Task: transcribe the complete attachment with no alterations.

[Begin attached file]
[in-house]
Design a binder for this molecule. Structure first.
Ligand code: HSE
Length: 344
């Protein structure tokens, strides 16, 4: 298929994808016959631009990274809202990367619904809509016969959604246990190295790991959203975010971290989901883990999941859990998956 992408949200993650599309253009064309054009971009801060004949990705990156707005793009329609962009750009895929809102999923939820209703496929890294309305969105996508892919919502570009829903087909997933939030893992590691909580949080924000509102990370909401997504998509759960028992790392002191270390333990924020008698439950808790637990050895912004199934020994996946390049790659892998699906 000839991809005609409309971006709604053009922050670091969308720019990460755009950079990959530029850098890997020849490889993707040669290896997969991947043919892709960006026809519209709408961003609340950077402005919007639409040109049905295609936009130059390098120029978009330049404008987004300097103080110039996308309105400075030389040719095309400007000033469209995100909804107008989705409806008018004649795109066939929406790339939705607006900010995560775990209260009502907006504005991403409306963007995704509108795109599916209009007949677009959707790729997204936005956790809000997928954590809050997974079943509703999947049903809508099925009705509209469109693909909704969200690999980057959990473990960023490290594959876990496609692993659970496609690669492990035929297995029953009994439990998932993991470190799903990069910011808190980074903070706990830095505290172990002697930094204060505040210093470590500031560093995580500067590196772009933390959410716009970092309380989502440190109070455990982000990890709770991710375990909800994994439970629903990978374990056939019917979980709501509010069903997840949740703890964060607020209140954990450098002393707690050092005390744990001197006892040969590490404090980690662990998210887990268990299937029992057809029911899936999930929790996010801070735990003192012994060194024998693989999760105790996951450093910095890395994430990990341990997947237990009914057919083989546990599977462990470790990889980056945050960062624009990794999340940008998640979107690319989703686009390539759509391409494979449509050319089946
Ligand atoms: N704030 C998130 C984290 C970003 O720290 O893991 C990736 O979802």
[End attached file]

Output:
[in-house]
Design a binder for this molecule. Structure first.
Ligand code: HSE
Length: 344
């Protein structure tokens, strides 16, 4: 298929994808016959631009990274809202990367619904809509016969959604246990190295790991959203975010971290989901883990999941859990998956 992408949200993650599309253009064309054009971009801060004949990705990156707005793009329609962009750009895929809102999923939820209703496929890294309305969105996508892919919502570009829903087909997933939030893992590691909580949080924000509102990370909401997504998509759960028992790392002191270390333990924020008698439950808790637990050895912004199934020994996946390049790659892998699906 000839991809005609409309971006709604053009922050670091969308720019990460755009950079990959530029850098890997020849490889993707040669290896997969991947043919892709960006026809519209709408961003609340950077402005919007639409040109049905295609936009130059390098120029978009330049404008987004300097103080110039996308309105400075030389040719095309400007000033469209995100909804107008989705409806008018004649795109066939929406790339939705607006900010995560775990209260009502907006504005991403409306963007995704509108795109599916209009007949677009959707790729997204936005956790809000997928954590809050997974079943509703999947049903809508099925009705509209469109693909909704969200690999980057959990473990960023490290594959876990496609692993659970496609690669492990035929297995029953009994439990998932993991470190799903990069910011808190980074903070706990830095505290172990002697930094204060505040210093470590500031560093995580500067590196772009933390959410716009970092309380989502440190109070455990982000990890709770991710375990909800994994439970629903990978374990056939019917979980709501509010069903997840949740703890964060607020209140954990450098002393707690050092005390744990001197006892040969590490404090980690662990998210887990268990299937029992057809029911899936999930929790996010801070735990003192012994060194024998693989999760105790996951450093910095890395994430990990341990997947237990009914057919083989546990599977462990470790990889980056945050960062624009990794999340940008998640979107690319989703686009390539759509391409494979449509050319089946
Ligand atoms: N704030 C998130 C984290 C970003 O720290 O893991 C990736 O979802």